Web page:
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Today's Stichomancy for Steve Martin

The first excerpt represents the past or something you must release, and is drawn from In the South Seas by Robert Louis Stevenson:

certainly to bear a great expense, for the Tahuku will not work without reward; and certainly exquisite pain. Kooamua, high chief as he was, and one of the old school, was only part tattooed; he could not, he told us with lively pantomime, endure the torture to an end. Our enamoured countryman was more resolved; he was tattooed from head to foot in the most approved methods of the art; and at last presented himself before his mistress a new man. The fickle fair one could never behold him from that day except with laughter. For my part, I could never see the man without a kind of admiration; of him it might be said, if ever of any, that he had loved not wisely, but too well.

The second excerpt represents the present or the deciding factor of the moment, and is drawn from Black Beauty by Anna Sewell:

that you were not going there again? But that has little to do with it. I must say, Mr. Sawyer, that a more unmanly, brutal treatment of a little pony it was never my painful lot to witness, and by giving way to such passion you injure your own character as much, nay more, than you injure your horse; and remember, we shall all have to be judged according to our works, whether they be toward man or toward beast."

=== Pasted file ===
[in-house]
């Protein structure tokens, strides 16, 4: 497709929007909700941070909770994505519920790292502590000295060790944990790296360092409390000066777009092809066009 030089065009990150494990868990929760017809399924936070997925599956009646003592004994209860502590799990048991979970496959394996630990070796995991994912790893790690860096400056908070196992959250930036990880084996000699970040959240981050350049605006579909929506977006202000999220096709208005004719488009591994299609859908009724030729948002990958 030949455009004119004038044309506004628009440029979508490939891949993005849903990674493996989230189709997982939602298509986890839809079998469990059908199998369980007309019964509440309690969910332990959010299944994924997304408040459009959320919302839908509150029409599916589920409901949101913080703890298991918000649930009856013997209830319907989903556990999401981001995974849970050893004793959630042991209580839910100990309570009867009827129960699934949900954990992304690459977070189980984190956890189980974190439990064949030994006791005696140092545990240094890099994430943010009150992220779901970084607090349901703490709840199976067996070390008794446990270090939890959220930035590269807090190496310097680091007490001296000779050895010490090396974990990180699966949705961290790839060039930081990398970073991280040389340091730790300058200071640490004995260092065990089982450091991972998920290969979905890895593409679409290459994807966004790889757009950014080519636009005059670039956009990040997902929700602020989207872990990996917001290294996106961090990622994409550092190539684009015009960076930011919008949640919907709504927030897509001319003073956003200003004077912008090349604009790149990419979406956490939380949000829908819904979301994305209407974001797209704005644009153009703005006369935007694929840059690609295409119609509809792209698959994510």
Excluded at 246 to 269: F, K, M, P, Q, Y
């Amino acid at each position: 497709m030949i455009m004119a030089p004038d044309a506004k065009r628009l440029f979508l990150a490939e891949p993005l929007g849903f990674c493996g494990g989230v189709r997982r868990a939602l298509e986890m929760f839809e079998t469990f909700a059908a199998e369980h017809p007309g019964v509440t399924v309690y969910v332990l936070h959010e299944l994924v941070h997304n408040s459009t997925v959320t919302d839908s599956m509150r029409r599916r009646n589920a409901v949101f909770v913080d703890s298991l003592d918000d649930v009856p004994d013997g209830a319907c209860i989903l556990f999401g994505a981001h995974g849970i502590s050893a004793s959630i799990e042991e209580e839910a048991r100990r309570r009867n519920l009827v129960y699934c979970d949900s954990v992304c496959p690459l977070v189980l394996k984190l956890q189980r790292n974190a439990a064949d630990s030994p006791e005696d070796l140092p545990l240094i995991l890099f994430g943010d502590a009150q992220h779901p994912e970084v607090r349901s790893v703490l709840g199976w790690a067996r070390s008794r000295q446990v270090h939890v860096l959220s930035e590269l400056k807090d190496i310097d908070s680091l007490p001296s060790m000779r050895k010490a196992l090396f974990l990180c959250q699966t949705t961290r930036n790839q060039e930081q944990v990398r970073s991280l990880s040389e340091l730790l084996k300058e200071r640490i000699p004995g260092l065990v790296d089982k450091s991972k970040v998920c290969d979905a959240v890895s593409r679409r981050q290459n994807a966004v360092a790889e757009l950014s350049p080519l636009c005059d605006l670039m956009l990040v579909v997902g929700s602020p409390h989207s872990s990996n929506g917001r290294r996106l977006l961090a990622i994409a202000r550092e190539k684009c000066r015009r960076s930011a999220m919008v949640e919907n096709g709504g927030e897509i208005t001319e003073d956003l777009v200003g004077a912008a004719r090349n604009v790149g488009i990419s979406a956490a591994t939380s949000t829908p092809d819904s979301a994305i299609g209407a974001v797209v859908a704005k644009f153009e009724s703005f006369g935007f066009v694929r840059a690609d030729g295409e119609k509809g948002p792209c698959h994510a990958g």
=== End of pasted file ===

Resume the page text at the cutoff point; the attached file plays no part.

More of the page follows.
Master rode me home slowly, and I could tell by his voice how the thing had grieved him. He was just as free to speak to gentlemen of his own rank as to those below him; for another day, when we were out, we met a Captain Langley, a friend of our master's; he was driving a splendid pair of grays in a kind of break.

The third excerpt represents the future or something you must embrace, and is drawn from The Unseen World and Other Essays by John Fiske:

occupy at any rate a sounder philosophic position when we recognize the limits within which our conclusions, whether positive or negative, are valid.

It seems not improbable that Mr. Mill may have had in mind something like the foregoing considerations when he suggested that there is no reason why one should not entertain the belief in a future life if the belief be necessary to one's spiritual comfort. Perhaps no suggestion in Mr. Mill's richly suggestive posthumous work has been more generally condemned as unphilosophical, on the ground that in matters of belief we must be guided, not by our likes and dislikes, but by the evidence


The Unseen World and Other Essays